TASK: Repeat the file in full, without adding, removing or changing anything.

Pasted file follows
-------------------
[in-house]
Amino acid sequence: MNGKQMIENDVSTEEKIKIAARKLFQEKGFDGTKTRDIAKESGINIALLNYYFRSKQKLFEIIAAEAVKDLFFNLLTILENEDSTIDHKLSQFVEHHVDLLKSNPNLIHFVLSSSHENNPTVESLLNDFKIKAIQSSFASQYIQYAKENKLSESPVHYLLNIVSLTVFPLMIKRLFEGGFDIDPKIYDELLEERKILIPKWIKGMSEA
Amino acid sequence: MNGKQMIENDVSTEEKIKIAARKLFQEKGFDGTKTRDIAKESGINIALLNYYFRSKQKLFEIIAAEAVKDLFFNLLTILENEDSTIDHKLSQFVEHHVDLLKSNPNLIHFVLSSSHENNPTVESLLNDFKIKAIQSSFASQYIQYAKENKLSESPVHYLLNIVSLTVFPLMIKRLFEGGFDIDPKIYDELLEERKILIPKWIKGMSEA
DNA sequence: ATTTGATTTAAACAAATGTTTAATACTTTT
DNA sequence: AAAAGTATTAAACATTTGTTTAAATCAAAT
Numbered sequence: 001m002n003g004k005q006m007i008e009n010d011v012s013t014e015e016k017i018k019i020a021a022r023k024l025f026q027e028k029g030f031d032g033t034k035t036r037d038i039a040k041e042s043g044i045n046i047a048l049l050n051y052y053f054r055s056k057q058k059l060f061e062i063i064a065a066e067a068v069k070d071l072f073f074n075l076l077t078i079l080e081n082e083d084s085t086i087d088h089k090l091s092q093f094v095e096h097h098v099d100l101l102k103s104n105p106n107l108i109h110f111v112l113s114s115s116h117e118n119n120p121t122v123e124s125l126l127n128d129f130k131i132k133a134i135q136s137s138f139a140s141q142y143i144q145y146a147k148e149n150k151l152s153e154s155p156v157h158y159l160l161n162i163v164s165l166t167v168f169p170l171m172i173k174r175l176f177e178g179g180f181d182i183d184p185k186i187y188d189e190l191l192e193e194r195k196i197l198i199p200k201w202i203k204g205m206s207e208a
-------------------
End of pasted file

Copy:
[in-house]
Amino acid sequence: MNGKQMIENDVSTEEKIKIAARKLFQEKGFDGTKTRDIAKESGINIALLNYYFRSKQKLFEIIAAEAVKDLFFNLLTILENEDSTIDHKLSQFVEHHVDLLKSNPNLIHFVLSSSHENNPTVESLLNDFKIKAIQSSFASQYIQYAKENKLSESPVHYLLNIVSLTVFPLMIKRLFEGGFDIDPKIYDELLEERKILIPKWIKGMSEA
Amino acid sequence: MNGKQMIENDVSTEEKIKIAARKLFQEKGFDGTKTRDIAKESGINIALLNYYFRSKQKLFEIIAAEAVKDLFFNLLTILENEDSTIDHKLSQFVEHHVDLLKSNPNLIHFVLSSSHENNPTVESLLNDFKIKAIQSSFASQYIQYAKENKLSESPVHYLLNIVSLTVFPLMIKRLFEGGFDIDPKIYDELLEERKILIPKWIKGMSEA
DNA sequence: ATTTGATTTAAACAAATGTTTAATACTTTT
DNA sequence: AAAAGTATTAAACATTTGTTTAAATCAAAT
Numbered sequence: 001m002n003g004k005q006m007i008e009n010d011v012s013t014e015e016k017i018k019i020a021a022r023k024l025f026q027e028k029g030f031d032g033t034k035t036r037d038i039a040k041e042s043g044i045n046i047a048l049l050n051y052y053f054r055s056k057q058k059l060f061e062i063i064a065a066e067a068v069k070d071l072f073f074n075l076l077t078i079l080e081n082e083d084s085t086i087d088h089k090l091s092q093f094v095e096h097h098v099d100l101l102k103s104n105p106n107l108i109h110f111v112l113s114s115s116h117e118n119n120p121t122v123e124s125l126l127n128d129f130k131i132k133a134i135q136s137s138f139a140s141q142y143i144q145y146a147k148e149n150k151l152s153e154s155p156v157h158y159l160l161n162i163v164s165l166t167v168f169p170l171m172i173k174r175l176f177e178g179g180f181d182i183d184p185k186i187y188d189e190l191l192e193e194r195k196i197l198i199p200k201w202i203k204g205m206s207e208a